batch - run commands at specified time(s)


batch [ options ] [ job ... | time ... ]


batch is the command interface to the at daemon. It submits commands to be executed at a future time, lists queue status, and controls the daemon.

Options that refer to specific jobs interpret the operands as job ids, otherwise if the --time option is not specified then the operands are interpreted as the start time. If time is not specified then the command is scheduled to be executed immediately, subject to the queue constraints.

If --time is specified then the first non-option argument is the command to be executed, otherwise the command to be executed is read from the standard input. The command job id is written to the standard output after the command has been successfully submitted to the daemon.


-a, --access

Check queue access and exit.
-f, --file=file

file is a script to be run at the specified time.
-h, --label|heading=string

Set the job label to string.
-i, --info

List queue information and exit.
-l, --list

List queue jobs and exit.
-m, --mail

Send mail when the command completes.
-n, --exec

Execute the command. --noexec shows what would be done but does not execute. On by default; -n means --noexec.
-p, --status

List detailed queue status.
-q, --queue=queue

Send request to queue. Standard queues are:
The at(1) queue.
The batch(1) queue.
The cron(1) queue.
-r, --remove

Remove command named by the job ... operands from the queue.
-s, --service=path

Connect to the cs(1) service path . The default value is /dev/tcp/local/at.
-t, --time|date=time

Schedule the command to be run at time. Most common date formats are accepted. The keyword every can be combined with date parts to specify repeat executions, e.g., every Monday. The default value is now.
-u, --user

List the per user queue information. Requires sufficient privilege to view the status of other users.
-A, --admin

Enable administrative actions. Requires sufficient privilege.
-D, --debug=[level][file]

Enable at daemon debug tracing to file at debug level level . Higher levels produce more output. Requires sufficient privilege.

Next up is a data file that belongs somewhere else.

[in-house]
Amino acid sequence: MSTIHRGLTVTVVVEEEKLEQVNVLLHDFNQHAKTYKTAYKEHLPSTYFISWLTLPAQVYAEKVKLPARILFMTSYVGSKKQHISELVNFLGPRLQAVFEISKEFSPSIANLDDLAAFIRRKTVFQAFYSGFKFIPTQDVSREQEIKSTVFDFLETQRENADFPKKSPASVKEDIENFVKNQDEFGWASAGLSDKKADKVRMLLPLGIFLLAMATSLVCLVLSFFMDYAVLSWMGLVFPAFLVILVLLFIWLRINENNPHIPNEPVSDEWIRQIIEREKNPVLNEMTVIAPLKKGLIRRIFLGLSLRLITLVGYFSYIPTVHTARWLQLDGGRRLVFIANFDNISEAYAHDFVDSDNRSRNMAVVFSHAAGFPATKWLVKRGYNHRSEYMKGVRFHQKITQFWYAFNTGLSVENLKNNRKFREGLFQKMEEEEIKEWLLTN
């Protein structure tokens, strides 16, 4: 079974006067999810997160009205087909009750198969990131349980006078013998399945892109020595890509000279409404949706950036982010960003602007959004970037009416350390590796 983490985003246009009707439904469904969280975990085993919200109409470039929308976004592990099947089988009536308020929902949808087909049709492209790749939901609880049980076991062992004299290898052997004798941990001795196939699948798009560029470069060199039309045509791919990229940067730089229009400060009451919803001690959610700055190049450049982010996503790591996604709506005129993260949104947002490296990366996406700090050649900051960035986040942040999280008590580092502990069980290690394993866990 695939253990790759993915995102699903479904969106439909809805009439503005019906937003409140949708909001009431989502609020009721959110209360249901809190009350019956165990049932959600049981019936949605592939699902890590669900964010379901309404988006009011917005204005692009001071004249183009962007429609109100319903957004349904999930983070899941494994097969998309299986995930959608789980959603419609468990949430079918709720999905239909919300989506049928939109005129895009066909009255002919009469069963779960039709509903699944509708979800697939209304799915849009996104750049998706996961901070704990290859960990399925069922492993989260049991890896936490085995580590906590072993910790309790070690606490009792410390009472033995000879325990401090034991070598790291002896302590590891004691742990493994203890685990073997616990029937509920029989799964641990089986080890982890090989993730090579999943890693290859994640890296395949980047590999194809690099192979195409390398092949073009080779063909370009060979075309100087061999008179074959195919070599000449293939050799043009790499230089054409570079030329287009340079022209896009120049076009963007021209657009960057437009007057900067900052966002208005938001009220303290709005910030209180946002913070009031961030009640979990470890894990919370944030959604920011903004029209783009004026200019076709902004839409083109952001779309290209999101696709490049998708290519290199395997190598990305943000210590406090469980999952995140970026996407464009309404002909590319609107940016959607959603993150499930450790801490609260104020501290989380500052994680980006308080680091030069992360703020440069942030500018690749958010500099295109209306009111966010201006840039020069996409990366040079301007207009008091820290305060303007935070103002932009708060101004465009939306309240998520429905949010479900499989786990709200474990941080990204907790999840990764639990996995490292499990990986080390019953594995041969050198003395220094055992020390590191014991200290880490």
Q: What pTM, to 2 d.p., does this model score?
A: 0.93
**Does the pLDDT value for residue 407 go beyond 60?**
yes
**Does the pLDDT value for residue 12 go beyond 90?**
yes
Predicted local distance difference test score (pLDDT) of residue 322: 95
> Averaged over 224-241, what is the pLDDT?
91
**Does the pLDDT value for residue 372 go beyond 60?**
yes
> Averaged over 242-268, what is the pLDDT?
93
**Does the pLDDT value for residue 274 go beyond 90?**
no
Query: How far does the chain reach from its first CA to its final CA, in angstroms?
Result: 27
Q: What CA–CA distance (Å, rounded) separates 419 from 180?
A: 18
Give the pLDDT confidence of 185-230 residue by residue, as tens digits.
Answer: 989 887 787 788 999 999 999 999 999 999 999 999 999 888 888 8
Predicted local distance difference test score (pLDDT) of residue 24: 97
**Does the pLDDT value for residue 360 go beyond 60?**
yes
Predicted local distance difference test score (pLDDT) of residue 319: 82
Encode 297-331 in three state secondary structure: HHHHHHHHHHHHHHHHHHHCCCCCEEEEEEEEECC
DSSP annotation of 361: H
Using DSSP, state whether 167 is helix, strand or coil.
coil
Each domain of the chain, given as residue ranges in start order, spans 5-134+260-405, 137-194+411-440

-L, --log

Write the log file path name on the standard output and exit. The log file is renamed with a .old suffix at the beginning of each month and a new log file started.
-Q, --quit

Terminate the at daemon. Requires sufficient privilege.
-U, --update[=queuedef]

Causes the at daemon to do a schedule update and re-read the queue definition file if it has changed from the last time it was read. If queuedef is specified then it is interpreted as a queue definition file line. See QUEUE DEFINITIONS below. Requires sufficient privilege. The option value may be omitted.


(NOTE: the nroff(1) style syntax is taken from X/Open). The queue definition file defines queue attributes, one queue per line. Lines starting with # are comments. The format of a definition line is: name.[numberattribute]..., where name is a single letter queue name and number applies to the following single character attribute. If number is omitted then it defaults to 1. The default queues are: a.4j1n2u, b.2j2n90w2u, c.h8j2u60w. Per-queue user access may be specified by appending a space separated user names after the queue attributes. If the first list element is + then the list specifies users allowed to use the queue; othewise it specifies users denied access to the queue. If no user list is specified then queue access is controlled by the global files described in QUEUE ACCESS below. The attributes are:
The job environment is initialized to contain at least the HOME, LOGNAME, USER, PATH and SHELL of the submitting user. The jobs are also run in the user HOME directory.
The total number of running jobs for all queues is limited to number.
No new jobs will be run until the load average is smaller than number. This only works on systems where the load average is easily determined.
The default nice(1) priority is set to number.
The per-user running job limit is set to number.
At least number seconds will elapse before the next job from the queue is run.


The user root may submit jobs to all queues. If a queue definition does not specify a user access list then the queue access is controlled by the default access files in this order:
If the directory /usr/lib/cron does not exist then job access is granted to all users.
If the file /usr/lib/cron/at.allow exists then access is granted only to user names listed in this file, one name per line.
If the file /usr/lib/cron/at.deny exists then access is denied to user names listed in this file, one name per line.
Otherwise access is denied to all users but root.



The default queue definition file.

The default queue access files.


batch(1), crontab(1), nice(1), sh(1)



at (AT&T Research) 2000-05-09

Glenn Fowler <>

Copyright © 1996-2012 AT&T Intellectual Property